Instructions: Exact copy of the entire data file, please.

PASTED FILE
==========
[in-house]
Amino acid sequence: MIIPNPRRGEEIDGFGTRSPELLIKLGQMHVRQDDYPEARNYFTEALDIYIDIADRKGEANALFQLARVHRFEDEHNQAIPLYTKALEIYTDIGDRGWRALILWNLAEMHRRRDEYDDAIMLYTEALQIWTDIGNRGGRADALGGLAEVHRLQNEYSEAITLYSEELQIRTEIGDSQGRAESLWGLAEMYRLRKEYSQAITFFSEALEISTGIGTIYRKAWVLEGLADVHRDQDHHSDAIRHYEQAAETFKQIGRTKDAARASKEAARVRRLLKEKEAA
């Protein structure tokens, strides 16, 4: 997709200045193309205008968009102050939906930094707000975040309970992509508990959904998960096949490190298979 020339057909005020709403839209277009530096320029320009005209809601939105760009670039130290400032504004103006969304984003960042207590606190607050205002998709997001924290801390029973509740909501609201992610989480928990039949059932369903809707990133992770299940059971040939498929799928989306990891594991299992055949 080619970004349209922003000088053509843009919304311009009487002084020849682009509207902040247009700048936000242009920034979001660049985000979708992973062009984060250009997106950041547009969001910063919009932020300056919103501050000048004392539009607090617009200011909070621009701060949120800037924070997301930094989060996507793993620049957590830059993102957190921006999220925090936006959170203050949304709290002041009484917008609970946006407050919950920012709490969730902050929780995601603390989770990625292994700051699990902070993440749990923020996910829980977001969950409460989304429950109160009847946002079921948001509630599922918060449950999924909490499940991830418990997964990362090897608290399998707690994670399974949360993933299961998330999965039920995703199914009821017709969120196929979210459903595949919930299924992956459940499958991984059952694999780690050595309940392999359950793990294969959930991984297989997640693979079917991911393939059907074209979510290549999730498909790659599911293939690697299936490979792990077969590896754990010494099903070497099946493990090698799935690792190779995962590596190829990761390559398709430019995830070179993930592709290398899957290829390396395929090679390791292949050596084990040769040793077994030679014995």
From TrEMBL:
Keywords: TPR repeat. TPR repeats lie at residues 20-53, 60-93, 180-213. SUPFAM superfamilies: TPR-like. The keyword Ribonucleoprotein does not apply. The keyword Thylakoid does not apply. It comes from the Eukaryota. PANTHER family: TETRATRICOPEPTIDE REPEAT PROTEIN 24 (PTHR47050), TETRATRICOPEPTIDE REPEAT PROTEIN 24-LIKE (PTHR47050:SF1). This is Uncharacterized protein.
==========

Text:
[in-house]
Amino acid sequence: MIIPNPRRGEEIDGFGTRSPELLIKLGQMHVRQDDYPEARNYFTEALDIYIDIADRKGEANALFQLARVHRFEDEHNQAIPLYTKALEIYTDIGDRGWRALILWNLAEMHRRRDEYDDAIMLYTEALQIWTDIGNRGGRADALGGLAEVHRLQNEYSEAITLYSEELQIRTEIGDSQGRAESLWGLAEMYRLRKEYSQAITFFSEALEISTGIGTIYRKAWVLEGLADVHRDQDHHSDAIRHYEQAAETFKQIGRTKDAARASKEAARVRRLLKEKEAA
């Protein structure tokens, strides 16, 4: 997709200045193309205008968009102050939906930094707000975040309970992509508990959904998960096949490190298979 020339057909005020709403839209277009530096320029320009005209809601939105760009670039130290400032504004103006969304984003960042207590606190607050205002998709997001924290801390029973509740909501609201992610989480928990039949059932369903809707990133992770299940059971040939498929799928989306990891594991299992055949 080619970004349209922003000088053509843009919304311009009487002084020849682009509207902040247009700048936000242009920034979001660049985000979708992973062009984060250009997106950041547009969001910063919009932020300056919103501050000048004392539009607090617009200011909070621009701060949120800037924070997301930094989060996507793993620049957590830059993102957190921006999220925090936006959170203050949304709290002041009484917008609970946006407050919950920012709490969730902050929780995601603390989770990625292994700051699990902070993440749990923020996910829980977001969950409460989304429950109160009847946002079921948001509630599922918060449950999924909490499940991830418990997964990362090897608290399998707690994670399974949360993933299961998330999965039920995703199914009821017709969120196929979210459903595949919930299924992956459940499958991984059952694999780690050595309940392999359950793990294969959930991984297989997640693979079917991911393939059907074209979510290549999730498909790659599911293939690697299936490979792990077969590896754990010494099903070497099946493990090698799935690792190779995962590596190829990761390559398709430019995830070179993930592709290398899957290829390396395929090679390791292949050596084990040769040793077994030679014995």
From TrEMBL:
Keywords: TPR repeat. TPR repeats lie at residues 20-53, 60-93, 180-213. SUPFAM superfamilies: TPR-like. The keyword Ribonucleoprotein does not apply. The keyword Thylakoid does not apply. It comes from the Eukaryota. PANTHER family: TETRATRICOPEPTIDE REPEAT PROTEIN 24 (PTHR47050), TETRATRICOPEPTIDE REPEAT PROTEIN 24-LIKE (PTHR47050:SF1). This is Uncharacterized protein.